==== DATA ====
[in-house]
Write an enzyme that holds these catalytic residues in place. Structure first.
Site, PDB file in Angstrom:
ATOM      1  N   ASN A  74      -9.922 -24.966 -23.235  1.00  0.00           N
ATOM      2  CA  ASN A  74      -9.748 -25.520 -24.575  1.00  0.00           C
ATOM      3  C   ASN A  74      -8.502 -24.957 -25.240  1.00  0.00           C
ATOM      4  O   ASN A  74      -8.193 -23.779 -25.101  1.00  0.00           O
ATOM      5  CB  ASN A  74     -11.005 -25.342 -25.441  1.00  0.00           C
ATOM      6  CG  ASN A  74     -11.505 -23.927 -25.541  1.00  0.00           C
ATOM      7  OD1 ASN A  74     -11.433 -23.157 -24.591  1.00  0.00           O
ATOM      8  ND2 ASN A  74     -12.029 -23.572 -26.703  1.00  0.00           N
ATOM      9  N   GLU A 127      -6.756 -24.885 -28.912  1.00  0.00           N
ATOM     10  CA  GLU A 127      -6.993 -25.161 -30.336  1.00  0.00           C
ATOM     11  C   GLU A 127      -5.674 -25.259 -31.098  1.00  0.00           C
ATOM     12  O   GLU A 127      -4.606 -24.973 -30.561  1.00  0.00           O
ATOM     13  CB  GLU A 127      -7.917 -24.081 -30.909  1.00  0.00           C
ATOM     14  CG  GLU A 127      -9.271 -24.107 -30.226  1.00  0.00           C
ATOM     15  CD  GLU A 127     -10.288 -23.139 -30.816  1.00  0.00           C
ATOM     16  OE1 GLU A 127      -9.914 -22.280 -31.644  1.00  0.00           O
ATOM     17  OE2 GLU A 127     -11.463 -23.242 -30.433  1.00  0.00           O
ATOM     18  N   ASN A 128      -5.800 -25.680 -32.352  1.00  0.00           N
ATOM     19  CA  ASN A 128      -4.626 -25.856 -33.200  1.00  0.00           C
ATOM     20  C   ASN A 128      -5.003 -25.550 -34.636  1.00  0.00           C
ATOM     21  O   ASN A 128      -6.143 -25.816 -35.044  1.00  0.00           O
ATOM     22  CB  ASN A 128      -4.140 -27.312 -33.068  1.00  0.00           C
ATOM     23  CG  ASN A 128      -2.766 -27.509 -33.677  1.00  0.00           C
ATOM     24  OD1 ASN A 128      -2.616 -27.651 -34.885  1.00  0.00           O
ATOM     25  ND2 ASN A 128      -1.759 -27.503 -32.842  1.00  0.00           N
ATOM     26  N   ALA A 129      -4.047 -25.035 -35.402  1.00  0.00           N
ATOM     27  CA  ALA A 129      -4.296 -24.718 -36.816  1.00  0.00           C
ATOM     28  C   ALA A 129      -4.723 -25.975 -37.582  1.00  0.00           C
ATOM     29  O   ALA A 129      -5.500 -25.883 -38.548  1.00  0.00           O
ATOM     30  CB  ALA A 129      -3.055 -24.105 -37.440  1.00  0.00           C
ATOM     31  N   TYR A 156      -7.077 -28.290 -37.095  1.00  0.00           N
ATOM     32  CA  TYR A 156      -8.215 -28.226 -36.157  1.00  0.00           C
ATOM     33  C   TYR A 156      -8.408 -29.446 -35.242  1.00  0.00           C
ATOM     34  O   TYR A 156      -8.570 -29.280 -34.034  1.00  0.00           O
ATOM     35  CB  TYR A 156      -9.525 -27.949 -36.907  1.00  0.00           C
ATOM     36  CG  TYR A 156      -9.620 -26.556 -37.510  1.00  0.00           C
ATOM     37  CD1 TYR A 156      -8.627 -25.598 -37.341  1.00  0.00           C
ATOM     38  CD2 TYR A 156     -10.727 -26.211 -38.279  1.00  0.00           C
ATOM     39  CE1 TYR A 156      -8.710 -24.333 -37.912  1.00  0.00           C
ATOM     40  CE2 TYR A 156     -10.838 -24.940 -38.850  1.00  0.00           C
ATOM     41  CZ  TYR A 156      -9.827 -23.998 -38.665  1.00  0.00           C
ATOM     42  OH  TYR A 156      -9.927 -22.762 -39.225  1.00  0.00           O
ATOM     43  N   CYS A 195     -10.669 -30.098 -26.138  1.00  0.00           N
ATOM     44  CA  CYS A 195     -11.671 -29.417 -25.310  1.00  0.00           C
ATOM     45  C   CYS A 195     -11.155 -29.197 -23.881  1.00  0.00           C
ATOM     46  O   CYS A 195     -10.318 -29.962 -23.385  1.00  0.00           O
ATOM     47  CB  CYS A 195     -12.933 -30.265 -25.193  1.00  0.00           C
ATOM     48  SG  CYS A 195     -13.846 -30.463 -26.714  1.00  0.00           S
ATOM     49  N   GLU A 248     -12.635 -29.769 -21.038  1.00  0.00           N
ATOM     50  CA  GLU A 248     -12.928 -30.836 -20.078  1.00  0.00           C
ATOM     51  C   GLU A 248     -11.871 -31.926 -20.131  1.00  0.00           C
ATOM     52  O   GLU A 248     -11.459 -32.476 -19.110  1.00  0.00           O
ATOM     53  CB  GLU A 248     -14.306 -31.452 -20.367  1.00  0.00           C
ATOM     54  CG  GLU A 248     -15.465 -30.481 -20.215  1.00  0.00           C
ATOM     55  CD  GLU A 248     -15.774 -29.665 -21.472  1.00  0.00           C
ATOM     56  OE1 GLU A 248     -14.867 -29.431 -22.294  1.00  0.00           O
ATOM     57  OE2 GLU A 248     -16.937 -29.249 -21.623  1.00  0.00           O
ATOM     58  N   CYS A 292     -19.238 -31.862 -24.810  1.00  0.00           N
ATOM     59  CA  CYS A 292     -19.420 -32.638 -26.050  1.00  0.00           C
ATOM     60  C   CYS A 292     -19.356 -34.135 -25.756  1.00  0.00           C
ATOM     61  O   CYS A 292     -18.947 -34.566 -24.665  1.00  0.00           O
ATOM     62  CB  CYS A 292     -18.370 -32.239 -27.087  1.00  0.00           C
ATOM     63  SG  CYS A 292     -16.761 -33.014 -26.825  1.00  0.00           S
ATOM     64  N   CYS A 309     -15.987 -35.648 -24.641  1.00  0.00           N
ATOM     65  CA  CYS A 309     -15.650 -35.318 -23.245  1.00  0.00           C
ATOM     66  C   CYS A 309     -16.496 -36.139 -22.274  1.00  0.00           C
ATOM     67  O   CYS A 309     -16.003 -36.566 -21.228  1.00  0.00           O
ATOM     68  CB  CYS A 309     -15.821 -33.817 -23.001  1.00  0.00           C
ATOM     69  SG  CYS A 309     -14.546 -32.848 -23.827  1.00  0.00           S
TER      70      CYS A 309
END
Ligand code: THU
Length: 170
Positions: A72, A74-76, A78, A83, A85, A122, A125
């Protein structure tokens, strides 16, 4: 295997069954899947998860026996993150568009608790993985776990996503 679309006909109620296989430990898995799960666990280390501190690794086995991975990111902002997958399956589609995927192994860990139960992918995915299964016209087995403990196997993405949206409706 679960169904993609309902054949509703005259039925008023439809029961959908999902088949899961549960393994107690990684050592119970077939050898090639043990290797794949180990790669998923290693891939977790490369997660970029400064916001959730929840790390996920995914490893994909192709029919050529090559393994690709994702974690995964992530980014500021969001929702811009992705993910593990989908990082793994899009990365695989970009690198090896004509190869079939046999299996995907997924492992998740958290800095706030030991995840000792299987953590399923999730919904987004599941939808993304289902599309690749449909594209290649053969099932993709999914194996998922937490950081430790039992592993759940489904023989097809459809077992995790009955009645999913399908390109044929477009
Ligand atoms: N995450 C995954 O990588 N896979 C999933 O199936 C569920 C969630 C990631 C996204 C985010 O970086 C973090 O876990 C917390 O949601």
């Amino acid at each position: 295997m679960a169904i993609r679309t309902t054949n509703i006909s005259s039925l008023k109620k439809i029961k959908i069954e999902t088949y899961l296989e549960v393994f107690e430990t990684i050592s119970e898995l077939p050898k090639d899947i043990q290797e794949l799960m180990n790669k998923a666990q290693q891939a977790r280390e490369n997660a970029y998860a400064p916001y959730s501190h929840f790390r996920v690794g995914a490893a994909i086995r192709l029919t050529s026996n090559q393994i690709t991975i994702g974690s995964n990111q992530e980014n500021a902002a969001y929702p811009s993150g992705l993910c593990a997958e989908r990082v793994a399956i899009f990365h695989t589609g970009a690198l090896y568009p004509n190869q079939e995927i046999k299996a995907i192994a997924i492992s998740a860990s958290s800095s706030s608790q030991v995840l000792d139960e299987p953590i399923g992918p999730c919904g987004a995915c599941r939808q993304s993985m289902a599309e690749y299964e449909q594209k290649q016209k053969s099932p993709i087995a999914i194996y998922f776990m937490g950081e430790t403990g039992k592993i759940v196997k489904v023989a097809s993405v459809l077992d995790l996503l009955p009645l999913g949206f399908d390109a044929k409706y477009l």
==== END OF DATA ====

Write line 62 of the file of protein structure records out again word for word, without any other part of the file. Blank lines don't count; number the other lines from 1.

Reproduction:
ATOM     59  CA  CYS A 292     -19.420 -32.638 -26.050  1.00  0.00           C